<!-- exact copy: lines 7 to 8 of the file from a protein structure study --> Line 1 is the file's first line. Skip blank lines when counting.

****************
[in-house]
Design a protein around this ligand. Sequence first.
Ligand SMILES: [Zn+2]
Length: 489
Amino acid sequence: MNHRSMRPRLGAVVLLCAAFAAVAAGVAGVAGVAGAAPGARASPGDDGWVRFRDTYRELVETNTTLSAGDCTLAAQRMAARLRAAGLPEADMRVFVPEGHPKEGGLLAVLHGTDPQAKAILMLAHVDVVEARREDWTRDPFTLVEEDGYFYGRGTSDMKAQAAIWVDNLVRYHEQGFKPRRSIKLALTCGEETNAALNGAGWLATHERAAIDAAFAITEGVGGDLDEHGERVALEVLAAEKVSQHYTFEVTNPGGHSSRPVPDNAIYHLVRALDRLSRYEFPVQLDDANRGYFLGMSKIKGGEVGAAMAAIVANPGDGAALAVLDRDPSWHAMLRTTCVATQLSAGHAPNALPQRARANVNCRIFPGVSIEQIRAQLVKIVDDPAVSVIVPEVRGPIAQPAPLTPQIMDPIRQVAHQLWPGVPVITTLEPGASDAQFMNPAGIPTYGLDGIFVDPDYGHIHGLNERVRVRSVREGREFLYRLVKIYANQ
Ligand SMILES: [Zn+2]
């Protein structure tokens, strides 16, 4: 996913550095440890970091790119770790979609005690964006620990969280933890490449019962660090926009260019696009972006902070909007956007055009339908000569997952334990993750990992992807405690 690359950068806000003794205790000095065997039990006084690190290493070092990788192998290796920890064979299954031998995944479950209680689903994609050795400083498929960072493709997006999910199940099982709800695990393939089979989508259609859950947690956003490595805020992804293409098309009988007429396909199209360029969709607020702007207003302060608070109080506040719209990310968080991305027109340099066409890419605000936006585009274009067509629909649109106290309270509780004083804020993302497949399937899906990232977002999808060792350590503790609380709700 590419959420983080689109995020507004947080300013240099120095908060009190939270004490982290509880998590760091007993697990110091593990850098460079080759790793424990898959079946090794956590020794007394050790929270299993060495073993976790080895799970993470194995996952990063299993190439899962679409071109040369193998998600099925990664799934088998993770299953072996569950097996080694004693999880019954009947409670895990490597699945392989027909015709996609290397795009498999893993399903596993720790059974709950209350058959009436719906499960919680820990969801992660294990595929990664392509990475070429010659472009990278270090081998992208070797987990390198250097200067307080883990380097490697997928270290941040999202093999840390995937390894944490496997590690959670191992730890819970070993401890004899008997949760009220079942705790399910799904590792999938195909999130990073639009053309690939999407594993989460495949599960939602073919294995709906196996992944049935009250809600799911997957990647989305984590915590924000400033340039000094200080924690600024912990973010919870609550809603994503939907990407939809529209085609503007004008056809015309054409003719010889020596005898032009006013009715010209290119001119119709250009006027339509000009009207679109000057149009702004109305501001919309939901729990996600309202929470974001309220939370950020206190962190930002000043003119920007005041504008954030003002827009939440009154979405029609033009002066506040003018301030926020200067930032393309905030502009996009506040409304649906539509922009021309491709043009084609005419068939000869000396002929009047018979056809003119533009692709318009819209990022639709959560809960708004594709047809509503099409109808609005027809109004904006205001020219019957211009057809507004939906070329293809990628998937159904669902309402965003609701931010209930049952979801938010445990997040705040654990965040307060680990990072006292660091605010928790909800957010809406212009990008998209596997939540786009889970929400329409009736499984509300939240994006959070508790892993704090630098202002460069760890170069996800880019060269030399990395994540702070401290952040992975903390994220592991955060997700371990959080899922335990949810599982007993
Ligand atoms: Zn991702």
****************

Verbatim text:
């Protein structure tokens, strides 16, 4: 996913550095440890970091790119770790979609005690964006620990969280933890490449019962660090926009260019696009972006902070909007956007055009339908000569997952334990993750990992992807405690 690359950068806000003794205790000095065997039990006084690190290493070092990788192998290796920890064979299954031998995944479950209680689903994609050795400083498929960072493709997006999910199940099982709800695990393939089979989508259609859950947690956003490595805020992804293409098309009988007429396909199209360029969709607020702007207003302060608070109080506040719209990310968080991305027109340099066409890419605000936006585009274009067509629909649109106290309270509780004083804020993302497949399937899906990232977002999808060792350590503790609380709700 590419959420983080689109995020507004947080300013240099120095908060009190939270004490982290509880998590760091007993697990110091593990850098460079080759790793424990898959079946090794956590020794007394050790929270299993060495073993976790080895799970993470194995996952990063299993190439899962679409071109040369193998998600099925990664799934088998993770299953072996569950097996080694004693999880019954009947409670895990490597699945392989027909015709996609290397795009498999893993399903596993720790059974709950209350058959009436719906499960919680820990969801992660294990595929990664392509990475070429010659472009990278270090081998992208070797987990390198250097200067307080883990380097490697997928270290941040999202093999840390995937390894944490496997590690959670191992730890819970070993401890004899008997949760009220079942705790399910799904590792999938195909999130990073639009053309690939999407594993989460495949599960939602073919294995709906196996992944049935009250809600799911997957990647989305984590915590924000400033340039000094200080924690600024912990973010919870609550809603994503939907990407939809529209085609503007004008056809015309054409003719010889020596005898032009006013009715010209290119001119119709250009006027339509000009009207679109000057149009702004109305501001919309939901729990996600309202929470974001309220939370950020206190962190930002000043003119920007005041504008954030003002827009939440009154979405029609033009002066506040003018301030926020200067930032393309905030502009996009506040409304649906539509922009021309491709043009084609005419068939000869000396002929009047018979056809003119533009692709318009819209990022639709959560809960708004594709047809509503099409109808609005027809109004904006205001020219019957211009057809507004939906070329293809990628998937159904669902309402965003609701931010209930049952979801938010445990997040705040654990965040307060680990990072006292660091605010928790909800957010809406212009990008998209596997939540786009889970929400329409009736499984509300939240994006959070508790892993704090630098202002460069760890170069996800880019060269030399990395994540702070401290952040992975903390994220592991955060997700371990959080899922335990949810599982007993
Ligand atoms: Zn991702």